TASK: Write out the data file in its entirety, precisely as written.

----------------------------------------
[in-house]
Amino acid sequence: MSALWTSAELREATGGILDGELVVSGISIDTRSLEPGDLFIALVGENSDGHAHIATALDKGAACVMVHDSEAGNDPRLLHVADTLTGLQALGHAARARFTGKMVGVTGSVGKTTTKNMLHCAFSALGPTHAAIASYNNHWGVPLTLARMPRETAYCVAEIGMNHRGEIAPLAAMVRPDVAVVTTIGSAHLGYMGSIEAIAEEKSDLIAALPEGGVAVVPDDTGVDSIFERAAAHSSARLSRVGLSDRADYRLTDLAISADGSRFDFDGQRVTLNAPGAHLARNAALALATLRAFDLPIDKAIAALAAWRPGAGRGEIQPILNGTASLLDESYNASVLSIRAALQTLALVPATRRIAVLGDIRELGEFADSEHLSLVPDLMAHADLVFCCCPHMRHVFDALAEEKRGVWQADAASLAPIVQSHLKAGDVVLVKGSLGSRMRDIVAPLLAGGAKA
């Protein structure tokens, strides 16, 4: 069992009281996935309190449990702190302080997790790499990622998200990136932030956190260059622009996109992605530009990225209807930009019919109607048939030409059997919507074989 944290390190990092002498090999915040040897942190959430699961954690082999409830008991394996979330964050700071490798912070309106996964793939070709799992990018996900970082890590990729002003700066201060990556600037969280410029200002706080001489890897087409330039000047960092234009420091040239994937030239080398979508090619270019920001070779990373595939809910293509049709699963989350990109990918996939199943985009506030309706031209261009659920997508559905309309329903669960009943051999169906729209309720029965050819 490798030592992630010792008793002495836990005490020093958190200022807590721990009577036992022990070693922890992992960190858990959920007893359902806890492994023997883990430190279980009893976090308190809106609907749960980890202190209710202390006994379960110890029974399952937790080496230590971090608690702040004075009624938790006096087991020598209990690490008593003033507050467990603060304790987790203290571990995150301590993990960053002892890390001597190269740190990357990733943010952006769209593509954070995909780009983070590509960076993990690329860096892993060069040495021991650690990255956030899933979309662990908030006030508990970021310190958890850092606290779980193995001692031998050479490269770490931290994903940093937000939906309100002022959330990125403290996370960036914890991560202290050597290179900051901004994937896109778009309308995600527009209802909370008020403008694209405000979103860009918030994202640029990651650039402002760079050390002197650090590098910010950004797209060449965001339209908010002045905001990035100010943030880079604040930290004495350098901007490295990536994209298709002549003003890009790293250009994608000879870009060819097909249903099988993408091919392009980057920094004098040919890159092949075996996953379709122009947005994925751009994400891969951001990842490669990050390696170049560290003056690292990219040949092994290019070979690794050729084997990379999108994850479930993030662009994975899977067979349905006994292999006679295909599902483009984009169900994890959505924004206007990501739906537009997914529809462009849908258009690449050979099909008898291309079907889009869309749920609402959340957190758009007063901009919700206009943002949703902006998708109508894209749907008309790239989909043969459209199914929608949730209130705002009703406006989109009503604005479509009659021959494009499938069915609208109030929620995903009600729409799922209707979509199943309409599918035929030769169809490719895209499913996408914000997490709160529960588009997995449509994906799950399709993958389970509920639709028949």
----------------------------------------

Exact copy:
[in-house]
Amino acid sequence: MSALWTSAELREATGGILDGELVVSGISIDTRSLEPGDLFIALVGENSDGHAHIATALDKGAACVMVHDSEAGNDPRLLHVADTLTGLQALGHAARARFTGKMVGVTGSVGKTTTKNMLHCAFSALGPTHAAIASYNNHWGVPLTLARMPRETAYCVAEIGMNHRGEIAPLAAMVRPDVAVVTTIGSAHLGYMGSIEAIAEEKSDLIAALPEGGVAVVPDDTGVDSIFERAAAHSSARLSRVGLSDRADYRLTDLAISADGSRFDFDGQRVTLNAPGAHLARNAALALATLRAFDLPIDKAIAALAAWRPGAGRGEIQPILNGTASLLDESYNASVLSIRAALQTLALVPATRRIAVLGDIRELGEFADSEHLSLVPDLMAHADLVFCCCPHMRHVFDALAEEKRGVWQADAASLAPIVQSHLKAGDVVLVKGSLGSRMRDIVAPLLAGGAKA
């Protein structure tokens, strides 16, 4: 069992009281996935309190449990702190302080997790790499990622998200990136932030956190260059622009996109992605530009990225209807930009019919109607048939030409059997919507074989 944290390190990092002498090999915040040897942190959430699961954690082999409830008991394996979330964050700071490798912070309106996964793939070709799992990018996900970082890590990729002003700066201060990556600037969280410029200002706080001489890897087409330039000047960092234009420091040239994937030239080398979508090619270019920001070779990373595939809910293509049709699963989350990109990918996939199943985009506030309706031209261009659920997508559905309309329903669960009943051999169906729209309720029965050819 490798030592992630010792008793002495836990005490020093958190200022807590721990009577036992022990070693922890992992960190858990959920007893359902806890492994023997883990430190279980009893976090308190809106609907749960980890202190209710202390006994379960110890029974399952937790080496230590971090608690702040004075009624938790006096087991020598209990690490008593003033507050467990603060304790987790203290571990995150301590993990960053002892890390001597190269740190990357990733943010952006769209593509954070995909780009983070590509960076993990690329860096892993060069040495021991650690990255956030899933979309662990908030006030508990970021310190958890850092606290779980193995001692031998050479490269770490931290994903940093937000939906309100002022959330990125403290996370960036914890991560202290050597290179900051901004994937896109778009309308995600527009209802909370008020403008694209405000979103860009918030994202640029990651650039402002760079050390002197650090590098910010950004797209060449965001339209908010002045905001990035100010943030880079604040930290004495350098901007490295990536994209298709002549003003890009790293250009994608000879870009060819097909249903099988993408091919392009980057920094004098040919890159092949075996996953379709122009947005994925751009994400891969951001990842490669990050390696170049560290003056690292990219040949092994290019070979690794050729084997990379999108994850479930993030662009994975899977067979349905006994292999006679295909599902483009984009169900994890959505924004206007990501739906537009997914529809462009849908258009690449050979099909008898291309079907889009869309749920609402959340957190758009007063901009919700206009943002949703902006998708109508894209749907008309790239989909043969459209199914929608949730209130705002009703406006989109009503604005479509009659021959494009499938069915609208109030929620995903009600729409799922209707979509199943309409599918035929030769169809490719895209499913996408914000997490709160529960588009997995449509994906799950399709993958389970509920639709028949």